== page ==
I'm not going to go into any more detail about this magnificent film. I'm afraid I may have laready made it sound much dyer than it is. But no description could possibly do it justice. It's got everything a movie lover could need --

  • ROMANCE! ... borrowing elements from almost every classic love story, from the tale of Orpheus to Romeo and Juliet;
  • ACTION! ...with wire work in the best Hong Kong style, Sam Raimi-type steadicam prowls, zombies, tree-monsters, a witch with a tongue a mile long, and even a daring raid on Hell itself!
  • HUMOR! Swordsman Yen stops in his pursuit to take a leak, not realizing that Ning, his quarry, is cowering right underneath him...
  • MUSIC! ...including a great title song, a moving ballad ("Let the Dawn Never Come..."), and even a rap about the Dao.
  • SPIRITUAL UPLIFT! ... as Yen discovers that his attempts to find enlightenment by hiding from his fellow human beings has actually made him less than a man, while his naïve new friend is willing to risk death to help the ghost he loves attain re-incarnation... all crowned with a typically Asian moral stressing the value of renunciation over earthly desires.

I first saw this movie on Japanese television. It caught me completely by surprise. It was a prime-time special, scheduled during a time slot normally reserved for clunkers like Urban Marine Resort Story, so I wasn't expecting anything worth watching.

(This is not to say that Japanese TV was a total write-off, though. Late night programming included a cult movie festival, hosted by a dignified older gentleman, on which I saw my first two Dario Argento films. A few days after seeing Deep Red and Creepers, I overheard some American friends talking about a midnight horror show, which they felt was the most offensive program they'd ever seen. I expected they were talking about one of the Argento films; it turned out that they were speaking of John Carpenter's relatively restrained Prince of Darkness! Had they tuned in a night or two before, I'm sure they would have been struck speechless. But I digress...)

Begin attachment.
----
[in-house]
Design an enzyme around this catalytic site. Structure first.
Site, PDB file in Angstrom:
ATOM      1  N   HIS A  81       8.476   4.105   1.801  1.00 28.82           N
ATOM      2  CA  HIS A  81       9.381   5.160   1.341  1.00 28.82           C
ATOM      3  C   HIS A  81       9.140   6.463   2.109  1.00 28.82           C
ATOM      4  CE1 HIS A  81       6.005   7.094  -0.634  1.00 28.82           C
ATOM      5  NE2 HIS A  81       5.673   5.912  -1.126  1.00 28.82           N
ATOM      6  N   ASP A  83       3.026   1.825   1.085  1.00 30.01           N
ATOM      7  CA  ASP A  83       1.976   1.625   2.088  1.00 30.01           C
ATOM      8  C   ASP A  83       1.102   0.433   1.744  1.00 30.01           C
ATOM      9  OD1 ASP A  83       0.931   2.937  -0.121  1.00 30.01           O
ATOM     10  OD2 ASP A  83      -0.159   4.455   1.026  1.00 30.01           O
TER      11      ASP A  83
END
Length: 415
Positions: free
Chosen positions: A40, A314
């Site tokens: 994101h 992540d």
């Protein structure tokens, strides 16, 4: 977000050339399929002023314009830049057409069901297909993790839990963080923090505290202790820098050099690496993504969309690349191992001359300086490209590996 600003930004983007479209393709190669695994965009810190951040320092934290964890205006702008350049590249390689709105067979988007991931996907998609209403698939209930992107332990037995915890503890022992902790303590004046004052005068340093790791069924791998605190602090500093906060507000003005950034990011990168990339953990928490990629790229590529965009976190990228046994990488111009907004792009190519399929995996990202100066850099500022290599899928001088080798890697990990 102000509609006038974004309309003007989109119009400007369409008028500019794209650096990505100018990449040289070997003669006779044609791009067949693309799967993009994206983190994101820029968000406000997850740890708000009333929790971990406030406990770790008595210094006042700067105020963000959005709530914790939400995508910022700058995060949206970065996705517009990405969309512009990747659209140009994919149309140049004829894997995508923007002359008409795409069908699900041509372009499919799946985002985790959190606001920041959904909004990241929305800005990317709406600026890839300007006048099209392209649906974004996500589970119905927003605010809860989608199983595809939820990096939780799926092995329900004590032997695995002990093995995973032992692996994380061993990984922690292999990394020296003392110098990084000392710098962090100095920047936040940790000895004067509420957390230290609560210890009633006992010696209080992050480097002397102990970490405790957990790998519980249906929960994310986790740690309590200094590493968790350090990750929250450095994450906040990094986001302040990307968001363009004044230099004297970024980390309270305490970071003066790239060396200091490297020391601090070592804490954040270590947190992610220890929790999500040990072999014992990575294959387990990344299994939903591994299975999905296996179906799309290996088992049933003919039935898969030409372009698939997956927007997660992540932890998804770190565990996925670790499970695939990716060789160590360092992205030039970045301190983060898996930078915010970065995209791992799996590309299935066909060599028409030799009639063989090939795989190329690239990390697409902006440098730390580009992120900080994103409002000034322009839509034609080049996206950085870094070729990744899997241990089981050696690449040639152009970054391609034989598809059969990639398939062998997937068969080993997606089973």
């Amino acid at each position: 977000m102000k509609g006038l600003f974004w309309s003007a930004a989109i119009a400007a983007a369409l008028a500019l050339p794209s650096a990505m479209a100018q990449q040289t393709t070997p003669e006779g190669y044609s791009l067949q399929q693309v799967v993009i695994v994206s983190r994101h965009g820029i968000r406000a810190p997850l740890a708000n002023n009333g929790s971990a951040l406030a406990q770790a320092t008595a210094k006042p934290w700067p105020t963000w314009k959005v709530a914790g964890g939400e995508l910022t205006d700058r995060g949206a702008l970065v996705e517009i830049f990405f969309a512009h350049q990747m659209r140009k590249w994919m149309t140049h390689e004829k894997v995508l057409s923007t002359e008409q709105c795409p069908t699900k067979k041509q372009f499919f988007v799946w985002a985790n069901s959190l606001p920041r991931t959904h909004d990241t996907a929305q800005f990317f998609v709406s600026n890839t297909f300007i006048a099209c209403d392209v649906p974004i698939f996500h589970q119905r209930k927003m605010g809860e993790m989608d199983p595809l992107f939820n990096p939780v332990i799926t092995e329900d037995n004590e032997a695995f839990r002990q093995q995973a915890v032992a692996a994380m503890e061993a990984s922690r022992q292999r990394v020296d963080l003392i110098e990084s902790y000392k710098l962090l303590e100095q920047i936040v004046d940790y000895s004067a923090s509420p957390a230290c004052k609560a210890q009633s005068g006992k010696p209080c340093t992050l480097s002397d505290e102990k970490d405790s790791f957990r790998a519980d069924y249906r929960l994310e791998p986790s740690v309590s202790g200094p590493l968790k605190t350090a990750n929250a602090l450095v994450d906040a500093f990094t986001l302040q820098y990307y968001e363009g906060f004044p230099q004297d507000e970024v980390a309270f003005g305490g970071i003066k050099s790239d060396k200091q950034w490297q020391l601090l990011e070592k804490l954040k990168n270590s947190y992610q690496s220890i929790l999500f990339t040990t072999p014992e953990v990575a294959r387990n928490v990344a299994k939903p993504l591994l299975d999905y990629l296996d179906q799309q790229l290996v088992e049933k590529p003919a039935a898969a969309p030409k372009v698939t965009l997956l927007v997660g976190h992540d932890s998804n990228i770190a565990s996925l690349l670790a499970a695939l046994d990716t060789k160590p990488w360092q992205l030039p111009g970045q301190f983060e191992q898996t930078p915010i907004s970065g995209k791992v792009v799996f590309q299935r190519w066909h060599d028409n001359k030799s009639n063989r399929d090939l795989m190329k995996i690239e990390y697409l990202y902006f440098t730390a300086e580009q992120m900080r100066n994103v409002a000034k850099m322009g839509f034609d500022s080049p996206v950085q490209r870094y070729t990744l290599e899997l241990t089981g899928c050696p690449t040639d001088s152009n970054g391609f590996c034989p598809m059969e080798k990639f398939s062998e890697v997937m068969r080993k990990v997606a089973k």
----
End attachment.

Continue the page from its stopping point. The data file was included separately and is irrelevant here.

There I was, alone in the little house I'd rented. I would leave that house in a tremendous hurry only a month later, beginning one of the worst journeys of my life; but that's another story. In a room bare execpt for a low table and my television, I sat on the tatami to eat my dinner. I thought I'd put on a little mindless TV while I ate my grilled fish and drank a can of Asahi beer. As it happened, I was just in time for A Chinese Ghost Story, and in spite of my difficulty with the language(s), I was hooked. Occasionally a cockroach the size of my fist would come and watch with me; normally I'd interrupt my viewing to chase the bug around the house, swatting it ineffectually with a broom or a sledgehammer or something... but this time I barely noticed.

Years later, back in the United States, I ran across an Asian video store near my workplace. I knew that A Chinese Ghost Story had a pretty strong reputation, so I figured they might have a copy. The way the store was organized, all the Western tapes were downstairs, and all the Asian movies were upstairs, in a part of the store which had to be accessed through a different door. When I got to the upstairs office, a rather large middle-aged Korean woman jumped up from her seat. "No!" she cried. "You not want this store! You want downstairs store! Here is just China movies!" I tried to argue with her, realizing somehow that neither my English entreaties nor my limited Mandarin would be enough to convince her I was exactly where I wanted to be. I fled.